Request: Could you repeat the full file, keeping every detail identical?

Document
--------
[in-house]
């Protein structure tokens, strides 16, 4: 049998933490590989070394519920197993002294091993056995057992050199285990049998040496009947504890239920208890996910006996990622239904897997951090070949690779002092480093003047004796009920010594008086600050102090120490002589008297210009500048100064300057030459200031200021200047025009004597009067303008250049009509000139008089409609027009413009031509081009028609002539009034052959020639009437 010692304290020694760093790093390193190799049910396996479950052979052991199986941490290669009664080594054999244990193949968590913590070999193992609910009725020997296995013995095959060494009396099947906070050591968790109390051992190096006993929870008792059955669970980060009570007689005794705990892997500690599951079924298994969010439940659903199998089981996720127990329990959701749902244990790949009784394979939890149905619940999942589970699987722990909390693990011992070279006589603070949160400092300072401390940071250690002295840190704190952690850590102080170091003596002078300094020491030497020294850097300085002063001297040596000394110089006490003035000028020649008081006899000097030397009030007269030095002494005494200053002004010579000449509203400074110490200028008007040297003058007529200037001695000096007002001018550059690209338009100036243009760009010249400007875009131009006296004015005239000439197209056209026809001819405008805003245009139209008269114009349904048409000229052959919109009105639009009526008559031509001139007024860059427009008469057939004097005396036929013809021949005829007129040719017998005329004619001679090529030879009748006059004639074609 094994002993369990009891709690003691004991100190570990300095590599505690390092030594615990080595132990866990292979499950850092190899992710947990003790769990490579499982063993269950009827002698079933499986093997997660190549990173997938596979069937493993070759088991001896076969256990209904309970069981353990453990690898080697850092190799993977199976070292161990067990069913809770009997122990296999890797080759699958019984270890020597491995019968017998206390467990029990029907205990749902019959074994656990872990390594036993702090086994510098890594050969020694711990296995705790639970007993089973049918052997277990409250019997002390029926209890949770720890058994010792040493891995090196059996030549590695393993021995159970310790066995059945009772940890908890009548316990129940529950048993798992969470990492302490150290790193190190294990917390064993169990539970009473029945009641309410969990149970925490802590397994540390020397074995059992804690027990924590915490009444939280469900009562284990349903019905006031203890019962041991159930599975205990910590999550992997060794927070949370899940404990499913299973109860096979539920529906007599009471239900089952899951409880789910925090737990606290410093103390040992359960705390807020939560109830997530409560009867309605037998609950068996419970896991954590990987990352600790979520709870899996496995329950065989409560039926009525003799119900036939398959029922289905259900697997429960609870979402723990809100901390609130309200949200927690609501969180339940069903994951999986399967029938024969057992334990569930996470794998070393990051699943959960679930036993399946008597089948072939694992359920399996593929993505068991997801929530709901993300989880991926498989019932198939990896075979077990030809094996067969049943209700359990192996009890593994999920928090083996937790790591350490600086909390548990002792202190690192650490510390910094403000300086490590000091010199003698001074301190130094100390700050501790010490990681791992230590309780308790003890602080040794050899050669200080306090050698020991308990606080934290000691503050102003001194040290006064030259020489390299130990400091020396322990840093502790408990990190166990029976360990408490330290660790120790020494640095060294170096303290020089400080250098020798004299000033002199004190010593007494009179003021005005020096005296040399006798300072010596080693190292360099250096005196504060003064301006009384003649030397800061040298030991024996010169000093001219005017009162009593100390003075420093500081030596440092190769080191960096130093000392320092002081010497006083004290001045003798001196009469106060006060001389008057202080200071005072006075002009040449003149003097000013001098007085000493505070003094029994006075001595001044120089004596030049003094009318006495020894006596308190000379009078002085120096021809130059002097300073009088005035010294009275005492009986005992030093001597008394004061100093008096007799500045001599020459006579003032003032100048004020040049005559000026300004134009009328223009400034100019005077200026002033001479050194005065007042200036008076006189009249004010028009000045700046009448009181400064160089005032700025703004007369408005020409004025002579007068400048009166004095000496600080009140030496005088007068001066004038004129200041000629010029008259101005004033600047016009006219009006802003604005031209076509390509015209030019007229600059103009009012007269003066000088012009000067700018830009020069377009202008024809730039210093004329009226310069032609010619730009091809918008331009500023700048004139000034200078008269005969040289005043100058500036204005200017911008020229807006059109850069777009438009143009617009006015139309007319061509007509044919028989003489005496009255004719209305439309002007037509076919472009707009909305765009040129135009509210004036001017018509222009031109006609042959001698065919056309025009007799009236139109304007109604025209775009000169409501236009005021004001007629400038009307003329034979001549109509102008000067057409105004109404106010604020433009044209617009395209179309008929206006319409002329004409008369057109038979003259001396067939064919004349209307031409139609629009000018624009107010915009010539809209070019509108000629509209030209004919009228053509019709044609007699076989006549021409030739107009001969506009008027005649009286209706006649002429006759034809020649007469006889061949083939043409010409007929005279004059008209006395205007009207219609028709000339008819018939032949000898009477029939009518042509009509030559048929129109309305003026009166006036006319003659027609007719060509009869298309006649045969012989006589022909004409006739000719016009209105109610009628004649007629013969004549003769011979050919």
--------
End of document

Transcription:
[in-house]
């Protein structure tokens, strides 16, 4: 049998933490590989070394519920197993002294091993056995057992050199285990049998040496009947504890239920208890996910006996990622239904897997951090070949690779002092480093003047004796009920010594008086600050102090120490002589008297210009500048100064300057030459200031200021200047025009004597009067303008250049009509000139008089409609027009413009031509081009028609002539009034052959020639009437 010692304290020694760093790093390193190799049910396996479950052979052991199986941490290669009664080594054999244990193949968590913590070999193992609910009725020997296995013995095959060494009396099947906070050591968790109390051992190096006993929870008792059955669970980060009570007689005794705990892997500690599951079924298994969010439940659903199998089981996720127990329990959701749902244990790949009784394979939890149905619940999942589970699987722990909390693990011992070279006589603070949160400092300072401390940071250690002295840190704190952690850590102080170091003596002078300094020491030497020294850097300085002063001297040596000394110089006490003035000028020649008081006899000097030397009030007269030095002494005494200053002004010579000449509203400074110490200028008007040297003058007529200037001695000096007002001018550059690209338009100036243009760009010249400007875009131009006296004015005239000439197209056209026809001819405008805003245009139209008269114009349904048409000229052959919109009105639009009526008559031509001139007024860059427009008469057939004097005396036929013809021949005829007129040719017998005329004619001679090529030879009748006059004639074609 094994002993369990009891709690003691004991100190570990300095590599505690390092030594615990080595132990866990292979499950850092190899992710947990003790769990490579499982063993269950009827002698079933499986093997997660190549990173997938596979069937493993070759088991001896076969256990209904309970069981353990453990690898080697850092190799993977199976070292161990067990069913809770009997122990296999890797080759699958019984270890020597491995019968017998206390467990029990029907205990749902019959074994656990872990390594036993702090086994510098890594050969020694711990296995705790639970007993089973049918052997277990409250019997002390029926209890949770720890058994010792040493891995090196059996030549590695393993021995159970310790066995059945009772940890908890009548316990129940529950048993798992969470990492302490150290790193190190294990917390064993169990539970009473029945009641309410969990149970925490802590397994540390020397074995059992804690027990924590915490009444939280469900009562284990349903019905006031203890019962041991159930599975205990910590999550992997060794927070949370899940404990499913299973109860096979539920529906007599009471239900089952899951409880789910925090737990606290410093103390040992359960705390807020939560109830997530409560009867309605037998609950068996419970896991954590990987990352600790979520709870899996496995329950065989409560039926009525003799119900036939398959029922289905259900697997429960609870979402723990809100901390609130309200949200927690609501969180339940069903994951999986399967029938024969057992334990569930996470794998070393990051699943959960679930036993399946008597089948072939694992359920399996593929993505068991997801929530709901993300989880991926498989019932198939990896075979077990030809094996067969049943209700359990192996009890593994999920928090083996937790790591350490600086909390548990002792202190690192650490510390910094403000300086490590000091010199003698001074301190130094100390700050501790010490990681791992230590309780308790003890602080040794050899050669200080306090050698020991308990606080934290000691503050102003001194040290006064030259020489390299130990400091020396322990840093502790408990990190166990029976360990408490330290660790120790020494640095060294170096303290020089400080250098020798004299000033002199004190010593007494009179003021005005020096005296040399006798300072010596080693190292360099250096005196504060003064301006009384003649030397800061040298030991024996010169000093001219005017009162009593100390003075420093500081030596440092190769080191960096130093000392320092002081010497006083004290001045003798001196009469106060006060001389008057202080200071005072006075002009040449003149003097000013001098007085000493505070003094029994006075001595001044120089004596030049003094009318006495020894006596308190000379009078002085120096021809130059002097300073009088005035010294009275005492009986005992030093001597008394004061100093008096007799500045001599020459006579003032003032100048004020040049005559000026300004134009009328223009400034100019005077200026002033001479050194005065007042200036008076006189009249004010028009000045700046009448009181400064160089005032700025703004007369408005020409004025002579007068400048009166004095000496600080009140030496005088007068001066004038004129200041000629010029008259101005004033600047016009006219009006802003604005031209076509390509015209030019007229600059103009009012007269003066000088012009000067700018830009020069377009202008024809730039210093004329009226310069032609010619730009091809918008331009500023700048004139000034200078008269005969040289005043100058500036204005200017911008020229807006059109850069777009438009143009617009006015139309007319061509007509044919028989003489005496009255004719209305439309002007037509076919472009707009909305765009040129135009509210004036001017018509222009031109006609042959001698065919056309025009007799009236139109304007109604025209775009000169409501236009005021004001007629400038009307003329034979001549109509102008000067057409105004109404106010604020433009044209617009395209179309008929206006319409002329004409008369057109038979003259001396067939064919004349209307031409139609629009000018624009107010915009010539809209070019509108000629509209030209004919009228053509019709044609007699076989006549021409030739107009001969506009008027005649009286209706006649002429006759034809020649007469006889061949083939043409010409007929005279004059008209006395205007009207219609028709000339008819018939032949000898009477029939009518042509009509030559048929129109309305003026009166006036006319003659027609007719060509009869298309006649045969012989006589022909004409006739000719016009209105109610009628004649007629013969004549003769011979050919």